Are Younger people funding 529 Plans?

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ThankYouJack
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Re: Are Younger people funding 529 Plans?

Postby ThankYouJack » Tue Jan 03, 2017 8:31 pm

With no 529 state deduction, a 529 tax savings is too minimal for me. I'd rather pay off debt, become financially independent first and have more flexibility. If I'm FI before my kids begin college, I'll probably fund a 529.

Mr. Bogle doesn't use a 529 either for his grandchildren's college expenses. At a certain point, simplicity outweighs a small savings.

Big Dog
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Re: Are Younger people funding 529 Plans?

Postby Big Dog » Tue Jan 03, 2017 8:33 pm

In the end, I did it because my parents wanted me to create one that they could put money into.


fyi -- the grandparents could start a 529 for their grandkids....

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Re: Are Younger people funding 529 Plans?

Postby itstoomuch » Tue Jan 03, 2017 8:42 pm

Future education may be different than today's model of higher education.
DS went to a NewYear's party where the host with BS in Business, law degree & bar and couldn't find a adequate job. Went to coding school and now works as a coder.

Thinking about adding to DS's existing 529 as a pay it forward mechanism. Also as a state tax gambit of 9% first year, or 4.5% for two years in a cash 529 account. Here's hoping we will have grandchildren. :annoyed :( :x :annoyed
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Re: Are Younger people funding 529 Plans?

Postby Grt2bOutdoors » Tue Jan 03, 2017 8:50 pm

Constant Chaos wrote:The GAO found in 2012 that hardly anyone of any age uses 529 plans-- the figure is less than 3%.

http://www.gao.gov/assets/660/650759.pdf


GAO had better do some more fact-checking. Is that why there are billions of dollars sitting in 529 plans? The money just magically appeared, perhaps by the stroke of a pen like they do in some office settings?
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NewtonsApple
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Re: Are Younger people funding 529 Plans?

Postby NewtonsApple » Tue Jan 03, 2017 8:51 pm

I am 32 and my wife is 33. We have a newborn now, but we started saving in a 529 before we even knew we were pregnant. We max out our 401K's/Roth IRA's and determined that because we were planning on having kids that a 529 was better than taxable. This decision was made easier because the Colorado Stable Value 529 was paying 3.09% at the time, which made it about equal to equivalent yield taxable options even if we took the 10% penalty with the tax free upside potential. Our mortgage is 2.625%, so we were about equal even post tax to paying the mortgage down in the event we withdraw the money. It is paying 2.59% for 2017, which we will continue to use. We treat the 529 as part of the bond portion of our overall portfolio and don't really have a separate college bucket at this time.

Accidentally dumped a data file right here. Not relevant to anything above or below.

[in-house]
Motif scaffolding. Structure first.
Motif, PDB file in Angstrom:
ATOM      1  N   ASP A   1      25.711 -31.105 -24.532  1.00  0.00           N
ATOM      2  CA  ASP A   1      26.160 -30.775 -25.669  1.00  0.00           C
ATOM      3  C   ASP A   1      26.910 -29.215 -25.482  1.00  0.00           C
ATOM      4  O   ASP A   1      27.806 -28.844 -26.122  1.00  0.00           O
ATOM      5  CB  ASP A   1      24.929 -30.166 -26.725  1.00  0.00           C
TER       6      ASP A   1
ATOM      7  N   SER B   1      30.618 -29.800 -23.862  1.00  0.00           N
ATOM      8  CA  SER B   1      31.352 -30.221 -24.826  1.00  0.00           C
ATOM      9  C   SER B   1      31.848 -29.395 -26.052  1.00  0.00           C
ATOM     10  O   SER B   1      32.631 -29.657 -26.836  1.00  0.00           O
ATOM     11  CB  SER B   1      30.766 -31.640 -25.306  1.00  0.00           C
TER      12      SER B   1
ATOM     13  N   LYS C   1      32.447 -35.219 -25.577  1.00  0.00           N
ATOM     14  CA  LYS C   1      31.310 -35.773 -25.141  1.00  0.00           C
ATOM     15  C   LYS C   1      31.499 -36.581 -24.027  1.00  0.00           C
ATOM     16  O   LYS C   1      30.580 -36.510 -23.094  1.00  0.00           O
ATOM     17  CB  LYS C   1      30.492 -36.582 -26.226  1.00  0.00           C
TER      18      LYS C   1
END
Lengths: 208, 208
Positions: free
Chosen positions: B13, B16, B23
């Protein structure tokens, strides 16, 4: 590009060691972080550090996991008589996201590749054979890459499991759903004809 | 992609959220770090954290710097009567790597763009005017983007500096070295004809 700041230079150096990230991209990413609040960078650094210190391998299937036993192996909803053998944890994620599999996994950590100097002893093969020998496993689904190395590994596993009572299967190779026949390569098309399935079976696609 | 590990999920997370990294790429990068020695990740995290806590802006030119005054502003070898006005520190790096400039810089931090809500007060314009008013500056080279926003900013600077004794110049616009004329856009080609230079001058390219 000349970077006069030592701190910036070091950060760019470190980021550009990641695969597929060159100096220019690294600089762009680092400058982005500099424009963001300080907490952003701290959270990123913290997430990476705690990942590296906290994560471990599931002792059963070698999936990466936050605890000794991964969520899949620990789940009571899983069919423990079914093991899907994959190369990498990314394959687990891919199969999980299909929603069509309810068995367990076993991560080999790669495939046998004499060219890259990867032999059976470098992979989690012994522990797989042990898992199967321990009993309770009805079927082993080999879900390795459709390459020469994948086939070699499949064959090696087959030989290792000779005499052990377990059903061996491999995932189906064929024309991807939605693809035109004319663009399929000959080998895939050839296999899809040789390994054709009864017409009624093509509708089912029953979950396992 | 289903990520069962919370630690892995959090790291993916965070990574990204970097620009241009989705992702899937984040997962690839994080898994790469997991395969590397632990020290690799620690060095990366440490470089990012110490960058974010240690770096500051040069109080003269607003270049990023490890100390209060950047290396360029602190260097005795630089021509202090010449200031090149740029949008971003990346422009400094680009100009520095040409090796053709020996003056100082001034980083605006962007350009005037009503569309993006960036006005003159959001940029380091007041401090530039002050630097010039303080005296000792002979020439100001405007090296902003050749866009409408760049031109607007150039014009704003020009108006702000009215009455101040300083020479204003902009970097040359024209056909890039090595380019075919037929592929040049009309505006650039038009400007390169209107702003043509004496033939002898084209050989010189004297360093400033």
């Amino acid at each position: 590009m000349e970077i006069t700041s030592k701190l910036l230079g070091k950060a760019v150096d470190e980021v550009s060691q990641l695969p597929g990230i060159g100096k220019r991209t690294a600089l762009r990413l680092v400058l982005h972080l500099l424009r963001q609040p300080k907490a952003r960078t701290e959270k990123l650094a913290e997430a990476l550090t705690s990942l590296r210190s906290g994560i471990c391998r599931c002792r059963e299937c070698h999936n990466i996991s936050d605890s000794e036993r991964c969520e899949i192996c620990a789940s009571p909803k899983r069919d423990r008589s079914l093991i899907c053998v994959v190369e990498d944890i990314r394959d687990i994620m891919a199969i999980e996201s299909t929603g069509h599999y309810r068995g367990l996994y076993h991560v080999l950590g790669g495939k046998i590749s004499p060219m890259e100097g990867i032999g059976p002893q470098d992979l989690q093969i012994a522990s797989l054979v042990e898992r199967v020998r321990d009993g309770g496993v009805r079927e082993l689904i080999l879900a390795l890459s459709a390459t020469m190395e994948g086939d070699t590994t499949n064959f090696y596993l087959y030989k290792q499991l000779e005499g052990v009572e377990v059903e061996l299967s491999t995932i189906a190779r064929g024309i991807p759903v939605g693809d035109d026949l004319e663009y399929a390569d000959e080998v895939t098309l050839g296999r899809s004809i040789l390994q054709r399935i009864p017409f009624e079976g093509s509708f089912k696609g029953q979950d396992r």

We each opened an account with ourselves a beneficiaries. We set somewhat arbitrary limits of $65,000 per account at this time to make transfers ($70,000/5 years to our child) easier and provide some limit on risk concentration. We may withdraw some of this money if we move to a new house this year. This depends on what the most return/tax efficient approach is to a new mortgage though. I am hoping we can continue with the interest rate arbitrage though.

Thanks to the FinanceBuff for the original 529 tip.
Last edited by NewtonsApple on Tue Jan 03, 2017 8:58 pm, edited 1 time in total.

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Re: Are Younger people funding 529 Plans?

Postby Grt2bOutdoors » Tue Jan 03, 2017 8:52 pm

ThankYouJack wrote:With no 529 state deduction, a 529 tax savings is too minimal for me. I'd rather pay off debt, become financially independent first and have more flexibility. If I'm FI before my kids begin college, I'll probably fund a 529.

Mr. Bogle doesn't use a 529 either for his grandchildren's college expenses. At a certain point, simplicity outweighs a small savings.


When you are worth 7 or 8 figures, where you have your money invested doesn't really matter, you can just write a check. At least that is what my wealthy relatives have relayed back, why be subject to restrictions on your own money? Not saying I agree with them, just how some other folks think.
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NewtonsApple
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Re: Are Younger people funding 529 Plans?

Postby NewtonsApple » Tue Jan 03, 2017 8:57 pm

itstoomuch wrote:Future education may be different than today's model of higher education.
DS went to a NewYear's party where the host with BS in Business, law degree & bar and couldn't find a adequate job. Went to coding school and now works as a coder.

Thinking about adding to DS's existing 529 as a pay it forward mechanism. Also as a state tax gambit of 9% first year, or 4.5% for two years in a cash 529 account. Here's hoping we will have grandchildren. :annoyed :( :x :annoyed


Set up a 529 with you as the owner/beneficiary and you can later change the beneficiary. In the current scheme, your grand kids are more likely to get financial aid with a grandparent 529. Use it for low return/tax inefficient bonds as part of your total portfolio.

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Re: Are Younger people funding 529 Plans?